There have also been disruptions of American newscasts. In January 1991 — just as the first Gulf War started — activists from the AIDS Coalition to Unleash Power, or ACT UP, snuck onto the set of the CBS Evening News. They shouted “Fight AIDS, not Arabs,” before being dragged away as the network went black for six seconds. Other protesters attempted to do the same at the “MacNeil/Lehrer Newshour” on PBS but never got on air.

On extremely rare occasions there have been U.S. hosts like Danchev, willing to challenge the basic rationales for war. Phil Donahue had a show on MSNBC starting in 2002 and then was fired in February 2003, even though it had the network’s highest ratings. An internal memo said Donahue seemed “to delight in presenting guests who are anti-war, anti-Bush and skeptical of the administration’s motives,” and that it would be a mistake to have a show that was “a home for the liberal anti-war agenda.”

Then there’s Abby Martin, an American who had her own RT show “Breaking the Set” and used it to condemn Russia’s annexation of Crimea on air in March 2014. Martin left RT the next year, although she has said RT never exercised editorial control over the show. Martin now hosts the crowd-funded series “Empire Files.” YouTube recently deleted all 550 episodes of “Breaking the Set” — meaning that in this instance, remarkably enough, the company is being more censorious than the Russian government.

There are more examples, but not that many. There are far more instances of those with access to live TV who are unwilling to break ranks on air, whatever their private misgivings. At an early 2000s dinner party, Peter Jennings, then the anchor of ABC “World News Tonight,” asked Henry Kissinger, “What does it feel like to be a war criminal?” But you can search long and hard in the ABC archives without finding Jennings broadcasting that perspective on Kissinger to the country.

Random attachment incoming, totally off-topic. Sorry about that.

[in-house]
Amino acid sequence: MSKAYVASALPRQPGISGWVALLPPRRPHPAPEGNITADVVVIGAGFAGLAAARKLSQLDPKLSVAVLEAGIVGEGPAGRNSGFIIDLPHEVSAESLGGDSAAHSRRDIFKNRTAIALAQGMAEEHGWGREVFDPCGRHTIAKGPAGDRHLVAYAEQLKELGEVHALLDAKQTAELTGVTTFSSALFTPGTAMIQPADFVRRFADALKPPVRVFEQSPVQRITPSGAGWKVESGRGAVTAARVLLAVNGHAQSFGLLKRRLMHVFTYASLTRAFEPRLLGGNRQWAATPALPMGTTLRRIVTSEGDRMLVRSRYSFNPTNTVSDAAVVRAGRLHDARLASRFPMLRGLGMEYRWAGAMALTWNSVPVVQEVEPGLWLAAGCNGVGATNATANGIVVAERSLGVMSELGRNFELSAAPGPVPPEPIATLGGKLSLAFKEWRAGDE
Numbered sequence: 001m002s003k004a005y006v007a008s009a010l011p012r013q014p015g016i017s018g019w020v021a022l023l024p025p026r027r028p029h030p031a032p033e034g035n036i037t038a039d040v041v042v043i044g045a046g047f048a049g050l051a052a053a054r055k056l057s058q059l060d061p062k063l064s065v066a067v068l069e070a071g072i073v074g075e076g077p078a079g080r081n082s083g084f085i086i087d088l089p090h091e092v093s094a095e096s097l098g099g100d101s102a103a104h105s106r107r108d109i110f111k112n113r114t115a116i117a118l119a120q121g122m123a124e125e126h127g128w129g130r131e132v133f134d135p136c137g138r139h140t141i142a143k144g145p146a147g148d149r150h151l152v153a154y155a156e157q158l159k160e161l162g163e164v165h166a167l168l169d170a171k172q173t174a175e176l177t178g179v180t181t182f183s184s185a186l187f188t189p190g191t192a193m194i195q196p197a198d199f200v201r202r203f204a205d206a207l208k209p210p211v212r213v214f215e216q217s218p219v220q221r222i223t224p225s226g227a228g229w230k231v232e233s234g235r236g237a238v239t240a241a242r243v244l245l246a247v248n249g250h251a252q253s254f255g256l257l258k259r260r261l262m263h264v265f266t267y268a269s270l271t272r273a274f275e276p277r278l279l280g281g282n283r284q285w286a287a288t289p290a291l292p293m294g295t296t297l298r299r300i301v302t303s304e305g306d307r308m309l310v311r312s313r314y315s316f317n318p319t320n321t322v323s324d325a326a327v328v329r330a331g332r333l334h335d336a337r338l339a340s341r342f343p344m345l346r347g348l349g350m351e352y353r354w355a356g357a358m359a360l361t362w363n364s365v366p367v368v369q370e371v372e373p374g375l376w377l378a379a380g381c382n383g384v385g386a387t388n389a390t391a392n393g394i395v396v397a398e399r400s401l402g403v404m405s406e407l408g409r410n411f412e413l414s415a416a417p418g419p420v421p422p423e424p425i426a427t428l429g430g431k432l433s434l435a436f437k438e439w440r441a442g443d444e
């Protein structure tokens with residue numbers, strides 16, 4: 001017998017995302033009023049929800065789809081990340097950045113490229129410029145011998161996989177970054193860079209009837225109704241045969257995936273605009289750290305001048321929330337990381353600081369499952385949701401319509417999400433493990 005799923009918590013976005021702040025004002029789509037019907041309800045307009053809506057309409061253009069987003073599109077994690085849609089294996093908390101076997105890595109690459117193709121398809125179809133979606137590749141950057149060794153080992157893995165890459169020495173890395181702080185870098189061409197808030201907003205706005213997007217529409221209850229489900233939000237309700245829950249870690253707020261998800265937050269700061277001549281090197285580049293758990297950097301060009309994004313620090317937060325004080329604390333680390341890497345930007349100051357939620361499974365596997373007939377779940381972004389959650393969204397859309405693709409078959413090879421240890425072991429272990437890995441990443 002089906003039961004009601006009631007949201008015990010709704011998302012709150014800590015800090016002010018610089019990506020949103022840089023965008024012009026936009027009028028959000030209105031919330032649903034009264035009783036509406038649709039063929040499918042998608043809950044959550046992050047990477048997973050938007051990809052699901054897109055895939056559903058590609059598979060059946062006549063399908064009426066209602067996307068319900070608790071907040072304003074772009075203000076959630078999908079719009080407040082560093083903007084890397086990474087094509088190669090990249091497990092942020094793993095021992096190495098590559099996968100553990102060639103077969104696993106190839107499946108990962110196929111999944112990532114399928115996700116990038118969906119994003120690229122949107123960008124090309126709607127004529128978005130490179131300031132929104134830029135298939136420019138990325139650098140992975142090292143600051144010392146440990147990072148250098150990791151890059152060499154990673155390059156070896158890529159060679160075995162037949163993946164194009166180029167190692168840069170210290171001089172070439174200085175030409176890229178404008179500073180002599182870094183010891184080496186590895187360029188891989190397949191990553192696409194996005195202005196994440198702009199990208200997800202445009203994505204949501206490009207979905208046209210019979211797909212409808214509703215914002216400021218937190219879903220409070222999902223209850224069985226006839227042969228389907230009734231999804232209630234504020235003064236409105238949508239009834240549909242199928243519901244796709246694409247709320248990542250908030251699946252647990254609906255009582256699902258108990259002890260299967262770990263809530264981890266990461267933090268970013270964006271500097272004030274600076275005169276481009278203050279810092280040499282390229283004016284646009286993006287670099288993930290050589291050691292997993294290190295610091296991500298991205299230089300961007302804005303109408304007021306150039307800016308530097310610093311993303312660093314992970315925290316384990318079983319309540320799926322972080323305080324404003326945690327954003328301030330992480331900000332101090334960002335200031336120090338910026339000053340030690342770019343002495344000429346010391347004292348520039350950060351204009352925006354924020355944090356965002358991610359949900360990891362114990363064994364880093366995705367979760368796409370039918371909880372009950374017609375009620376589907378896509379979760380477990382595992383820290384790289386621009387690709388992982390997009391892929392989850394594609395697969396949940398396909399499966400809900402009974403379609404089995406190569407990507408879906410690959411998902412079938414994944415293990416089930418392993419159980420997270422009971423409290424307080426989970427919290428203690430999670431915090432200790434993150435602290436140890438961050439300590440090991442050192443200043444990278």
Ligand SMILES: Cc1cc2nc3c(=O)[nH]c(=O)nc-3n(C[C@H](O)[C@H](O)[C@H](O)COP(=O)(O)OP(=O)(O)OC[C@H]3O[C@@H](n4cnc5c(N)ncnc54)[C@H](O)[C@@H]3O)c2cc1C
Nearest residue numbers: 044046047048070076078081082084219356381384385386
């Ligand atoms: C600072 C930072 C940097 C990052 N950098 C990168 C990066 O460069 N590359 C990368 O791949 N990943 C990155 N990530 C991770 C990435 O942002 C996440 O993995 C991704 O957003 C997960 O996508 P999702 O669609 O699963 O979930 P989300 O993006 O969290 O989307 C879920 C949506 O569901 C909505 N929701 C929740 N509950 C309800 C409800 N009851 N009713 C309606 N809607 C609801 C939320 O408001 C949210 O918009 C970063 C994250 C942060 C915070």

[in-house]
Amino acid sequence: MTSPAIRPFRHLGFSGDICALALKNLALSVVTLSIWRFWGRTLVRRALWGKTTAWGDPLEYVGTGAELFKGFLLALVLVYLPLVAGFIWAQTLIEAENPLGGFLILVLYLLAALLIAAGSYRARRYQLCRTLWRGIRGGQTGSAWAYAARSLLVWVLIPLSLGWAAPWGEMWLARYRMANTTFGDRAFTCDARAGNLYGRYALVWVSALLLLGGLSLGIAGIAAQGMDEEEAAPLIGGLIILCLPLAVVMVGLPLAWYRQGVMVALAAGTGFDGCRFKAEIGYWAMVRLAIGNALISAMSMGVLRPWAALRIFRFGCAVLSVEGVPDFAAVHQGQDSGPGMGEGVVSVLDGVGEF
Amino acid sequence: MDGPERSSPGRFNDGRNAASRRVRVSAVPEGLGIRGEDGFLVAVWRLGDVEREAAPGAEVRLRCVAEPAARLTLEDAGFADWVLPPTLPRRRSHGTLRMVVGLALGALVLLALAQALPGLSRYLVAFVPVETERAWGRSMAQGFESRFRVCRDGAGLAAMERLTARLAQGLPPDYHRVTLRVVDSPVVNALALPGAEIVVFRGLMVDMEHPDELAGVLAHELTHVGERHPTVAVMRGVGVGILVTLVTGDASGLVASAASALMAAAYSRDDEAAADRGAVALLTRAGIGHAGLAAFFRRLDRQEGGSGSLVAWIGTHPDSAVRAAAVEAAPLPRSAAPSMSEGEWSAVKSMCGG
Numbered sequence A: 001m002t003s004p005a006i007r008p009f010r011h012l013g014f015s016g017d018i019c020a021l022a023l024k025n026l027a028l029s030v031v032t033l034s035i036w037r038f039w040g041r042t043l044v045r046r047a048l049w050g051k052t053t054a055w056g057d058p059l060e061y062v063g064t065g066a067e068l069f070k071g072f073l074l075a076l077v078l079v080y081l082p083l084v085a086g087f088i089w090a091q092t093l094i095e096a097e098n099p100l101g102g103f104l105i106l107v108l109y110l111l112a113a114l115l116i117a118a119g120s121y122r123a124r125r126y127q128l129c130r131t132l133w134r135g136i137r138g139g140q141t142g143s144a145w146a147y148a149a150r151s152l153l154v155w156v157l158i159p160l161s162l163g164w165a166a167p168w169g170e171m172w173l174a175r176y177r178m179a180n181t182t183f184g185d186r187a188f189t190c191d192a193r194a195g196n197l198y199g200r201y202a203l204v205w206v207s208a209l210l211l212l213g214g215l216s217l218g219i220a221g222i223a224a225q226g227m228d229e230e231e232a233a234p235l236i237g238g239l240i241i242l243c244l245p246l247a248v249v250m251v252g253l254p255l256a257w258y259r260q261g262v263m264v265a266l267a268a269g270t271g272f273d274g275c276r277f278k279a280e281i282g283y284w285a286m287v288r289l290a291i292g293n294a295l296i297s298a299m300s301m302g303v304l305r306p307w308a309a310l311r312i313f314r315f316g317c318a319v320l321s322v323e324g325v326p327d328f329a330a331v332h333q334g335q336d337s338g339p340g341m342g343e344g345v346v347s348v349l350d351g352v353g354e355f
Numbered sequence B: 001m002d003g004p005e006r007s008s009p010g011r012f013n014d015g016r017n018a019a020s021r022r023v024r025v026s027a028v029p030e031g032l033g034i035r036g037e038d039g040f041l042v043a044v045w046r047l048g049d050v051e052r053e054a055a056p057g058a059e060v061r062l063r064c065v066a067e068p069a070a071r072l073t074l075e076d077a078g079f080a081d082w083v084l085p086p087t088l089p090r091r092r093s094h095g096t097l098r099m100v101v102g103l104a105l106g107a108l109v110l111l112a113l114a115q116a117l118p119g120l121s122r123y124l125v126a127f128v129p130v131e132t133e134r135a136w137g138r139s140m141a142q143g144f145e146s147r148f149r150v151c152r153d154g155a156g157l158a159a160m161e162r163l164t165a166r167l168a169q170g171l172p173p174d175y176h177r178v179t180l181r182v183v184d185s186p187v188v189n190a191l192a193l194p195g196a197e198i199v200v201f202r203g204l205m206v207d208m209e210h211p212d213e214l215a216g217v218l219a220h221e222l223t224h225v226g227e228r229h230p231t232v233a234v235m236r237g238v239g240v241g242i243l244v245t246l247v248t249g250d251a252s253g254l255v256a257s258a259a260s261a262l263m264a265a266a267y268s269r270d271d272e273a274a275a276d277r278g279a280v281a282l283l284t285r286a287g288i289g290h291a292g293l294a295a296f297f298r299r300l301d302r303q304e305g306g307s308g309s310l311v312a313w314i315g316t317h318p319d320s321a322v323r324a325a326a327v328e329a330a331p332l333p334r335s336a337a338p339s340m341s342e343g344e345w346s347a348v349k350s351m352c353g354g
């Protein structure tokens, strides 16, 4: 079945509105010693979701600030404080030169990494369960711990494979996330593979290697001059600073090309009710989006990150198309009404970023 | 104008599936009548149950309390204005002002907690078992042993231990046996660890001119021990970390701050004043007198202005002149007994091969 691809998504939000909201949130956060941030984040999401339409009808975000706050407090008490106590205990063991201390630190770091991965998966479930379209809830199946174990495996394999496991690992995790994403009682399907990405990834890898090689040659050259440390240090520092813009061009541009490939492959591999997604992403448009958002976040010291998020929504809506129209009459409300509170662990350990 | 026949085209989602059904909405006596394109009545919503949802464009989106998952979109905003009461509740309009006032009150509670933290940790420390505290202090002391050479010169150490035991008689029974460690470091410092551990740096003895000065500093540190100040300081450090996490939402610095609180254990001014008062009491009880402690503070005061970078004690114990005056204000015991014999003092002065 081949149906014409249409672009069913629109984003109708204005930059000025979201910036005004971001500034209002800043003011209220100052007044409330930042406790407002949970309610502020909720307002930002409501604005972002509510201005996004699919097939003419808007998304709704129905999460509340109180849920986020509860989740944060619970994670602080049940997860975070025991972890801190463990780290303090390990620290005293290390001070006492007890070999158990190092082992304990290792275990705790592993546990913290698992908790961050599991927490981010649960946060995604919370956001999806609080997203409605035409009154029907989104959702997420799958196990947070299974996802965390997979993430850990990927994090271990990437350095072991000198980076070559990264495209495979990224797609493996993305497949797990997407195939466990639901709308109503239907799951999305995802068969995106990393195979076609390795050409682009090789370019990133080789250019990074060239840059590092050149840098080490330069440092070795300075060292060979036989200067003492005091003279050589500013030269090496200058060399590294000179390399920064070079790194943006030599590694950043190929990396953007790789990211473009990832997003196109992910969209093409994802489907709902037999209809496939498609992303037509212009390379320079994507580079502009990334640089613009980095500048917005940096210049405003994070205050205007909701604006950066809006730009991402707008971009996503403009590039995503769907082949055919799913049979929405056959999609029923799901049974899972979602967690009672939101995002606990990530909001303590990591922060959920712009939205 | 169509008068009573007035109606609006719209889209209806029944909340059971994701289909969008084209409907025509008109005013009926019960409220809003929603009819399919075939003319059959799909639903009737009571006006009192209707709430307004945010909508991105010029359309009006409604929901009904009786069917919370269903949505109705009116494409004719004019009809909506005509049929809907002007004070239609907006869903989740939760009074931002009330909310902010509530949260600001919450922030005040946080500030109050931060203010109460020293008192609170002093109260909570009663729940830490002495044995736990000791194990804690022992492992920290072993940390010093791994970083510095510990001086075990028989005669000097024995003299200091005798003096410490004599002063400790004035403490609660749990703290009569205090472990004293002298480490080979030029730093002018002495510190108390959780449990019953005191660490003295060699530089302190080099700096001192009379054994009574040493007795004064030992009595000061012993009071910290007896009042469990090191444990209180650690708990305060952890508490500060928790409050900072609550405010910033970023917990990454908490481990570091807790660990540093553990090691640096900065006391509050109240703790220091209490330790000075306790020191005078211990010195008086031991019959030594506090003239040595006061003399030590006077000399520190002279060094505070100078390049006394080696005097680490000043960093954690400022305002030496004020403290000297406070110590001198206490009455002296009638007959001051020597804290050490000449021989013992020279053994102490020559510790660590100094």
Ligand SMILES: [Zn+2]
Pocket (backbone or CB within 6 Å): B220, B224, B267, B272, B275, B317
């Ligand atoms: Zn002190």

Likewise, Katie Couric told the National Press Club in 2007 that “People in this country were misled in term of the rationale of [the Iraq War]. … I remember feeling, when I was anchoring ‘The Today Show,’ this inevitable march toward war and kind of feeling like, ‘Will anybody put the brakes on this? And is this really being properly challenged by the right people?’” It apparently did not occur to Couric that, as one of the most famous and well-paid people on TV, she might be one of the right people to properly challenge the case for war. In any case, when it mattered she discreetly did not mention any of these doubts, instead telling her audience such things as “Navy SEALS rock!”

Any explanation for this dispiriting reality is necessarily speculative. But it seems plausible that the answer is simple: Like many other kinds of mammals, human beings are pack animals. We evolved to depend on our pack for survival. Maintaining good relations with the pack feels far more important than abstract concepts of right and wrong, no matter how many constitutions we write or paeans to free speech we deliver. You can see this devotion to the pack in the eyes of the host of the show that Ovsyannikova interrupted: She continues reading her prescribed propaganda without ever glancing back at the woman shouting about war behind her.

If this is correct, there will never be many people who will seize the opportunity of live television to tell some desperately-needed truth. But there could be more. The most likely way to make this happen would be for everyone impressed by Ovsyannikova to try to psychologically form our own pack — which is of course a challenge, since it has to be a pack for people who hate packs.

1 comment

  1. avatar
    Michael March 20, 2022 8:07 am 

    Moore, Donahue, and Martin, what a combination who in many ways have touched upon the mainstream, but of course, the mainstream tries to marginalize them. I have learned from all three.